During the Second World War, a team of gifted American scientists worked together to create an atomic bomb, which had a power hard to grasp by the human mind. The physics behind this device was discovered when Albert Einstein undertook abstract calculations on the fundamental structure of space and time, known as his theory of special relativity. What at first seemed a purely theoretical endeavor with no practical application soon turned into an almost demonic force—the likes of which the world had never seen. The bomb was used to stop Hitler’s ally Japan, thereby ending the Second World War.
In 1905, Albert Einstein (1879–1955) developed his famous theory of special relativity, which was an abstract mathematical work of theoretical physics on the structure of space and time. The work was based on some curious measurements of the speed of light. It turned out that the speed of light always gave the same value, even when either the observer or the light source was moving. This was a remarkable find for the following reason. Imagine a spaceship moving to the right with a constant velocity. Inside the ship a laser shoots a light ray upwards into a detector. For a person standing inside the ship, the light ray moves straight up (see the left side of Fig. 267). For a person standing on the Earth looking at the ship flying by, however, the light beam moves diagonally as this person also sees the ship moving to the right (see the right side of Fig. 267). Notice the distance traveled by the light is different for both observers! In Newtonian physics this isn’t a problem, since here the light on the right side of the figure gains some extra velocity because of the movement of the ship, and as a result still reaches the detector at the same time. But in the Einsteinian case, light moves just as fast for all observers! This means that light takes longer to reach the detector when seen from Earth! The only way Einstein was able to make sense of this was to assume that time is moving slower if objects move relative to us! And this has to be taken literally. In principle, a person moving with close to the speed of light for, say, a year, might come back to find the Earth hundreds of years older. At this point, we do not have spacecraft that travel fast enough to make this happen to any significant extent, but small subatomic particles in the lab can easily reach these speeds, allowing us to see these effects firsthand.
Fig. 267 – On the left, we see a person in a spaceship measuring how long it takes for light to move vertically. On the right we see a person measuring the same light beam, but now the person is standing on the Earth and sees the ship move by. As a result, the light beam seems to move diagonally, covering a longer distance (S. P. Dinkgreve, worldhistorybook.com)
At the time, the special theory of relativity only seemed to have intellectual significance, but not long after, Einstein showed that his new ideas about space and time also required us to revise our understanding of matter and energy itself. He reasoned that by fusing two atoms together, the resulting atom should have a mass slightly higher than the two original atoms. The energy that was needed to fuse these atoms together had converted into an extra amount of mass, according to his famous equation:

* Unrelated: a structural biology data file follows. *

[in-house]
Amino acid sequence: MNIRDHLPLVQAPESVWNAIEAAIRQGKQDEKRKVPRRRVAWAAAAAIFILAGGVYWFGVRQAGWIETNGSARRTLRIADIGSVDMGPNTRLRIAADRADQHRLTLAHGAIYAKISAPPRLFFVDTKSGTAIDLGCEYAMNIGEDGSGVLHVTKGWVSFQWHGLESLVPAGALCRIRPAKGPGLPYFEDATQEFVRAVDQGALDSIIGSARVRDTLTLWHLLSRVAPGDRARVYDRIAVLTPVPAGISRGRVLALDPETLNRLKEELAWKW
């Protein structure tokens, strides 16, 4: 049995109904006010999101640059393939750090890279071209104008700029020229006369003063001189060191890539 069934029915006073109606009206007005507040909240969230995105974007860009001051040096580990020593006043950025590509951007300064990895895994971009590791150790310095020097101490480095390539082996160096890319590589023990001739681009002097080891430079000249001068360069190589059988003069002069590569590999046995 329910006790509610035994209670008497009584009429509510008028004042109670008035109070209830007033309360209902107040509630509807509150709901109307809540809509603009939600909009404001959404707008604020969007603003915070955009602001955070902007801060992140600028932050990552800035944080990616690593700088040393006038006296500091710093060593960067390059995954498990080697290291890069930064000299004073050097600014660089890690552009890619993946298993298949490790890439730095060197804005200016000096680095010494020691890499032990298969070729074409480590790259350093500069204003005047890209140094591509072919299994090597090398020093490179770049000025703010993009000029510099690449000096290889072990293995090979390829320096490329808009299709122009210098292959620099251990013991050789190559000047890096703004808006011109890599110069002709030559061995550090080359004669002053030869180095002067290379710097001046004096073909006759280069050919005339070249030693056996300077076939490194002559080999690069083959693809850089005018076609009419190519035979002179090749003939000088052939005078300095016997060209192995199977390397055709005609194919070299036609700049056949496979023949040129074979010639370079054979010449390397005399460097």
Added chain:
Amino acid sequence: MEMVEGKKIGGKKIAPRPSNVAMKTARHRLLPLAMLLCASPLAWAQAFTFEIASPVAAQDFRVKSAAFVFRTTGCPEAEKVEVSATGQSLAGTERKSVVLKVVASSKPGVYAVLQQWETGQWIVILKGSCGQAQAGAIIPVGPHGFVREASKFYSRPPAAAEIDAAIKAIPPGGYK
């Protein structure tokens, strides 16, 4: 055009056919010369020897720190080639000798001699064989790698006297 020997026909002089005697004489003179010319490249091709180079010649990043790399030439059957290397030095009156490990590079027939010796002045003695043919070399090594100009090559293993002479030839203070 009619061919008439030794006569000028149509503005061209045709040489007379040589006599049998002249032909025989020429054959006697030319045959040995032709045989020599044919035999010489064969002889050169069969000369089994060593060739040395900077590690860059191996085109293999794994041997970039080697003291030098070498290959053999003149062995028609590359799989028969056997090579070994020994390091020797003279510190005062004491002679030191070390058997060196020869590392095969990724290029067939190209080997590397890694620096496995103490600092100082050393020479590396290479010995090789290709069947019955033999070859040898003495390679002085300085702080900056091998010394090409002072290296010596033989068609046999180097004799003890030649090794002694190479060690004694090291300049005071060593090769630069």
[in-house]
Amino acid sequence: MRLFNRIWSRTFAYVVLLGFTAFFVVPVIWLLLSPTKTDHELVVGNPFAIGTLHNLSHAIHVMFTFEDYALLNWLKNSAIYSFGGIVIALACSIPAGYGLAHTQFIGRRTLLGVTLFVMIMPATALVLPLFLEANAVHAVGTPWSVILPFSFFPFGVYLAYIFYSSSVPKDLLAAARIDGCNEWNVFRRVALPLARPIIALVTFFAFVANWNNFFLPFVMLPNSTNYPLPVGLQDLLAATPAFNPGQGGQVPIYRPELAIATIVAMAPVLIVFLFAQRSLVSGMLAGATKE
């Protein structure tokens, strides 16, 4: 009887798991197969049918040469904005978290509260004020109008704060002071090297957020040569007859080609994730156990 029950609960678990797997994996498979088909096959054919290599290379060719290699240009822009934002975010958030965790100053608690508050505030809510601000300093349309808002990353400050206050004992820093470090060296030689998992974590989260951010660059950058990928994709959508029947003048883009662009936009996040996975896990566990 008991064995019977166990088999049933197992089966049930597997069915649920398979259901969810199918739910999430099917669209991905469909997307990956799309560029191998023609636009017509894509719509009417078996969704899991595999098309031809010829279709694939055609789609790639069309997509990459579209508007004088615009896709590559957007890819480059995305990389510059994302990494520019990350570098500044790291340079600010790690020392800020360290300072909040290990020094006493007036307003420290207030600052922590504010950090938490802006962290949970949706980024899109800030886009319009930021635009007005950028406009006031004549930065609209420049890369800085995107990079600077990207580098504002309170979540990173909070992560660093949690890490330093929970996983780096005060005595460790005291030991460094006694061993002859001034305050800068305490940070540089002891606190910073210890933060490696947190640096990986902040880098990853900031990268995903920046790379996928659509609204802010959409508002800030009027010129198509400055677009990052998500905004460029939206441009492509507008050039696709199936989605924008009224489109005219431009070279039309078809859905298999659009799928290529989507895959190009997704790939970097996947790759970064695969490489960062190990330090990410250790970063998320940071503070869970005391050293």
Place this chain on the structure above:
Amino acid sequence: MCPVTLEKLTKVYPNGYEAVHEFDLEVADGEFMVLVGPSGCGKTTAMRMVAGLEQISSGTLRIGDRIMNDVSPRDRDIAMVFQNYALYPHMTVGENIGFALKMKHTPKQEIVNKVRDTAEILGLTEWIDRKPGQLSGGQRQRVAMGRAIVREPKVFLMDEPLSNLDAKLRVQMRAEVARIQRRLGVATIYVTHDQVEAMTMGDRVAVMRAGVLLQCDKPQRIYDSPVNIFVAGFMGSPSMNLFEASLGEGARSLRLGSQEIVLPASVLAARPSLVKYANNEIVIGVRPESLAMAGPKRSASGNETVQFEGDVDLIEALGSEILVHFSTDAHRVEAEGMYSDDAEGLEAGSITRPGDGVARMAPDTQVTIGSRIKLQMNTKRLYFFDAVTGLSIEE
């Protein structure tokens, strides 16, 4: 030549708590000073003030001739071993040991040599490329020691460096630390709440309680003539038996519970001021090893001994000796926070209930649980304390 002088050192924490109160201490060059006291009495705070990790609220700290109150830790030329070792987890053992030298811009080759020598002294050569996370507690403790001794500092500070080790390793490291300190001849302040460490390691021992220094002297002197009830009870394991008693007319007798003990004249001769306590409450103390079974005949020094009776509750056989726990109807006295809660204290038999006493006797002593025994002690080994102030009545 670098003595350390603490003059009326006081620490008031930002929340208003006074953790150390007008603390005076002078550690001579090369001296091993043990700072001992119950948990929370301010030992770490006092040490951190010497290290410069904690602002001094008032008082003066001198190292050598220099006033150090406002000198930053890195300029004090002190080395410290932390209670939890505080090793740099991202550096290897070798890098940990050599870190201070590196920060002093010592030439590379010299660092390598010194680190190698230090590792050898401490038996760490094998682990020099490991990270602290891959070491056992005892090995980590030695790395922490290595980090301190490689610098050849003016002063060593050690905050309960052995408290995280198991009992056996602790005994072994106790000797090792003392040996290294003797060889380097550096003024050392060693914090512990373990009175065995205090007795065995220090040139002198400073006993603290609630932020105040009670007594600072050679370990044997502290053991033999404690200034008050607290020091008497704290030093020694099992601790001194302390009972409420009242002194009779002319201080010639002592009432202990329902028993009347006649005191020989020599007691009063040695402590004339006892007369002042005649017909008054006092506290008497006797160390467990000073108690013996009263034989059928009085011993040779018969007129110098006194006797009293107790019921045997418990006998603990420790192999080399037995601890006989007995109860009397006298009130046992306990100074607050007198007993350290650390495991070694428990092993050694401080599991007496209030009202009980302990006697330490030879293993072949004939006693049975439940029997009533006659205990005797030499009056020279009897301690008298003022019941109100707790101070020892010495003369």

E = mc2
The opposite is also true. When two atoms break up, some mass converts back into energy. The energy released by one atom is incredibly small, but this didn’t stop a small group of people from fantasizing about its applications. One of them was the science-fiction writer H. G. Wells (1866–1946). In his book The World Set Free, he wrote about a bomb so powerful “a man could carry about in a handbag an amount of latent energy sufficient to wreck half a city.” In the story, the bombs were made of “lumps of pure carolinum,” a fictional radio-active element that produced “tremendous pillars of fire,” filling the sky with “flickering lightnings and rushing clouds.”  Wells also spoke of buildings being leveled on an unprecedented scale and enormous clouds rising over the city
Fig. 268 – Albert Einstein (Library of Congress, United States)
The first real-life evidence for the conversion of matter into energy came from nuclear physics—the study of atomic nuclei. In 1919, Ernest Rutherford (1871–1937) shot helium nuclei at nitrogen atoms. To his surprise, this caused the nitrogen to absorb part of the helium, turning it into oxygen, finally fulfilling the alchemical goal of transmuting one element into another. This process is called nuclear fusion. In 1932, two students working under his direction shot protons at lithium atoms, causing the lithium nuclei to split into two helium nuclei, which is an example of nuclear fission.
With these discoveries, the Hungarian physicist Leo Szilard (1898–1964) began to believe that an atomic bomb might soon become a reality. He even alerted the British and American governments to inform them about this possibility. Most scientists, however, did not see how Einstein’s theories could be put into practice anytime soon. Even Rutherford called such expectations “moonshine.”